Improve company productivity with a Business Account.Sign Up

x
  • Status: Solved
  • Priority: Medium
  • Security: Public
  • Views: 367
  • Last Modified:

Need script to set ownership of folders & give admin full rights

I manage a Terminal server farm that utilizes group policies to redirect Desktop, Application Data, My Documents, and start menu. The group policy is failing to execute after working for 5 years. I found I had to make users owners of their home folders when I originally set up this policy. One caveat was the admin does not have permissions to access some folders because of it. I am not entirely sure why we are having the problem, but I need to start by setting users so they own their folder and all subfolders, and secondly, set permissions so the administrator has full control of the same folders. Years back I used xcacls , but I must have the syntax wrong, and cannot get it to work. It may be that the admin needs to first assume ownership of the user folder, then assign full control and ownership to the user.

I need help asap on this.


Thank you
0
tamray_tech
Asked:
tamray_tech
1 Solution
 
delyan_valchevCommented:
Hi,
For all the ACL stuff I use the great program SetACL (http://setacl.sourceforge.net). The syntax is quite peculiar to get used to but it's very powerful. Here is how you can do your task (assume that the users home folders are located in \\myserver\users\):
1. Setting the correct owner:
setacl -on \\myserver\users\<username> -ot file -actn setowner -ownr "n:mydomain\<username>;s:n"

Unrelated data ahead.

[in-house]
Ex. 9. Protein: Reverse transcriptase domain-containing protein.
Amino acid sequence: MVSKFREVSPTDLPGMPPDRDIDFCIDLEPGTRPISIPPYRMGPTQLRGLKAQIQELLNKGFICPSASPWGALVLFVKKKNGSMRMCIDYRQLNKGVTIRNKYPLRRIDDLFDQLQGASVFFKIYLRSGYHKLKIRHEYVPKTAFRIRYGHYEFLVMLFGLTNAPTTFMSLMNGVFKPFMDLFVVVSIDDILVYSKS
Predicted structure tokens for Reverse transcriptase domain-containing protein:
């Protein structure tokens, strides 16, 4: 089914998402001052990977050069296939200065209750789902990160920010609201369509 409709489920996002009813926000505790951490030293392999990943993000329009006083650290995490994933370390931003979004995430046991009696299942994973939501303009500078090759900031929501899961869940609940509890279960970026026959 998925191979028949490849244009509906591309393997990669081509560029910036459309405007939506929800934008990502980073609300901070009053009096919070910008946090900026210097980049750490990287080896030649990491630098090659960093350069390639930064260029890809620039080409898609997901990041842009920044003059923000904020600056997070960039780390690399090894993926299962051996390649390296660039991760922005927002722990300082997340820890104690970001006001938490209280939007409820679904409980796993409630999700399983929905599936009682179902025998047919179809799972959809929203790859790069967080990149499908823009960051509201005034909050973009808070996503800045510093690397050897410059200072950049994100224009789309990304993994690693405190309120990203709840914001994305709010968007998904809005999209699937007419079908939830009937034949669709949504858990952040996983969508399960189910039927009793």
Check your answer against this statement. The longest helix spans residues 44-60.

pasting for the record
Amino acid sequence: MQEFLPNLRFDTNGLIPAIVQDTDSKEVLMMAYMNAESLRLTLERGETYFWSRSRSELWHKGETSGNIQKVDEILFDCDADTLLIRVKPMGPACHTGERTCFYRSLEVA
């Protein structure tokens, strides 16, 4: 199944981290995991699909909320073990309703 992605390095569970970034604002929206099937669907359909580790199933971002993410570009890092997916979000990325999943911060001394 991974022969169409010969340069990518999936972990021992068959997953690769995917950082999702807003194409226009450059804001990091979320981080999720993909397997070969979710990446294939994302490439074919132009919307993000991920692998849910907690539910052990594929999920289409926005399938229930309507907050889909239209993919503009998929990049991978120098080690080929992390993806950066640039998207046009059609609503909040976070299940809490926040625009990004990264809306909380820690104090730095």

2. Adding Administrators/FULL access to the folder:
setacl -on \\myserver\users\<username> -ot file -actn ace -ace "n:Administrators;p:write,del_child,write_owner,write_dacl,delete;i:so,sc;m:grant;w:dacl"
Hope it helps!
0
 
akrdmCommented:
Here is a microsoft linke that talks about how to take ownership of files and folders.  Hope this helps
http://support.microsoft.com/kb/320046
0
 
tamray_techAuthor Commented:
I would rather have something like an xcacls command. This script does not indicate it is for 2003 server
0
Has Powershell sent you back into the Stone Age?

If managing Active Directory using Windows Powershell® is making you feel like you stepped back in time, you are not alone.  For nearly 20 years, AD admins around the world have used one tool for day-to-day AD management: Hyena. Discover why.

 
delyan_valchevCommented:
You cannot use cacls or xcacls to change the ownership. You can use either use third party tool like SetACL or the Perl script akrdm suggested safely on 2003.
0
 
Shift-3Commented:
If you're uncomfortable with third-party tools, you can take ownership and set permissions using the Microsoft utility SubinACL, e.g.


subinacl /file "c:\files" /setowner=youraccount
subinacl /subdirectories "c:\files\*" /setowner=youraccount

Open in new window

0
 
tamray_techAuthor Commented:
This answer was correct for my question. However, I prefer the SubInACL.exe answer, since it does not rely on third party tools.
0
Question has a verified solution.

Are you are experiencing a similar issue? Get a personalized answer when you ask a related question.

Have a better answer? Share it in a comment.

Join & Write a Comment

Featured Post

Problems using Powershell and Active Directory?

Managing Active Directory does not always have to be complicated.  If you are spending more time trying instead of doing, then it's time to look at something else. For nearly 20 years, AD admins around the world have used one tool for day-to-day AD management: Hyena. Discover why

Tackle projects and never again get stuck behind a technical roadblock.
Join Now